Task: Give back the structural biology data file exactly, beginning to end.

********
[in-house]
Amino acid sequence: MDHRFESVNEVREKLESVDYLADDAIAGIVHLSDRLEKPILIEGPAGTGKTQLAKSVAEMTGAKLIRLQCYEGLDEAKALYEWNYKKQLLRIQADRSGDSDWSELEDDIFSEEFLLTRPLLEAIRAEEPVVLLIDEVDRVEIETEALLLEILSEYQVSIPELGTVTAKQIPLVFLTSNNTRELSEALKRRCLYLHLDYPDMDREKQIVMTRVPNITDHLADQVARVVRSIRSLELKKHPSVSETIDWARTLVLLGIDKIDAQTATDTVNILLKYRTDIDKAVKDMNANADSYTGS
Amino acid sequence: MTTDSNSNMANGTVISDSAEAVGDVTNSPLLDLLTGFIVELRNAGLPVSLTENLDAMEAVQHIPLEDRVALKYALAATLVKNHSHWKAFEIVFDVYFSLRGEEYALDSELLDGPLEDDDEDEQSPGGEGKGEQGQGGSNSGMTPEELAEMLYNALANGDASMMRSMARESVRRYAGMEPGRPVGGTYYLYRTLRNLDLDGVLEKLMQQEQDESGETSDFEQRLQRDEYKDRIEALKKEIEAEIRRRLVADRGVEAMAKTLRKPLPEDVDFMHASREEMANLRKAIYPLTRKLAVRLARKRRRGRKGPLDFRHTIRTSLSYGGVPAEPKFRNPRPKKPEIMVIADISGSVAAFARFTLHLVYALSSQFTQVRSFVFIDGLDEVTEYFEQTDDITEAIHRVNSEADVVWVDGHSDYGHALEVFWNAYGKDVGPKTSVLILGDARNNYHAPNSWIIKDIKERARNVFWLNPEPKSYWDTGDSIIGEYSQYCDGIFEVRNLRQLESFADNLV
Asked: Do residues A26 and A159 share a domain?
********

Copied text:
[in-house]
Amino acid sequence: MDHRFESVNEVREKLESVDYLADDAIAGIVHLSDRLEKPILIEGPAGTGKTQLAKSVAEMTGAKLIRLQCYEGLDEAKALYEWNYKKQLLRIQADRSGDSDWSELEDDIFSEEFLLTRPLLEAIRAEEPVVLLIDEVDRVEIETEALLLEILSEYQVSIPELGTVTAKQIPLVFLTSNNTRELSEALKRRCLYLHLDYPDMDREKQIVMTRVPNITDHLADQVARVVRSIRSLELKKHPSVSETIDWARTLVLLGIDKIDAQTATDTVNILLKYRTDIDKAVKDMNANADSYTGS
Amino acid sequence: MTTDSNSNMANGTVISDSAEAVGDVTNSPLLDLLTGFIVELRNAGLPVSLTENLDAMEAVQHIPLEDRVALKYALAATLVKNHSHWKAFEIVFDVYFSLRGEEYALDSELLDGPLEDDDEDEQSPGGEGKGEQGQGGSNSGMTPEELAEMLYNALANGDASMMRSMARESVRRYAGMEPGRPVGGTYYLYRTLRNLDLDGVLEKLMQQEQDESGETSDFEQRLQRDEYKDRIEALKKEIEAEIRRRLVADRGVEAMAKTLRKPLPEDVDFMHASREEMANLRKAIYPLTRKLAVRLARKRRRGRKGPLDFRHTIRTSLSYGGVPAEPKFRNPRPKKPEIMVIADISGSVAAFARFTLHLVYALSSQFTQVRSFVFIDGLDEVTEYFEQTDDITEAIHRVNSEADVVWVDGHSDYGHALEVFWNAYGKDVGPKTSVLILGDARNNYHAPNSWIIKDIKERARNVFWLNPEPKSYWDTGDSIIGEYSQYCDGIFEVRNLRQLESFADNLV
Asked: Do residues A26 and A159 share a domain?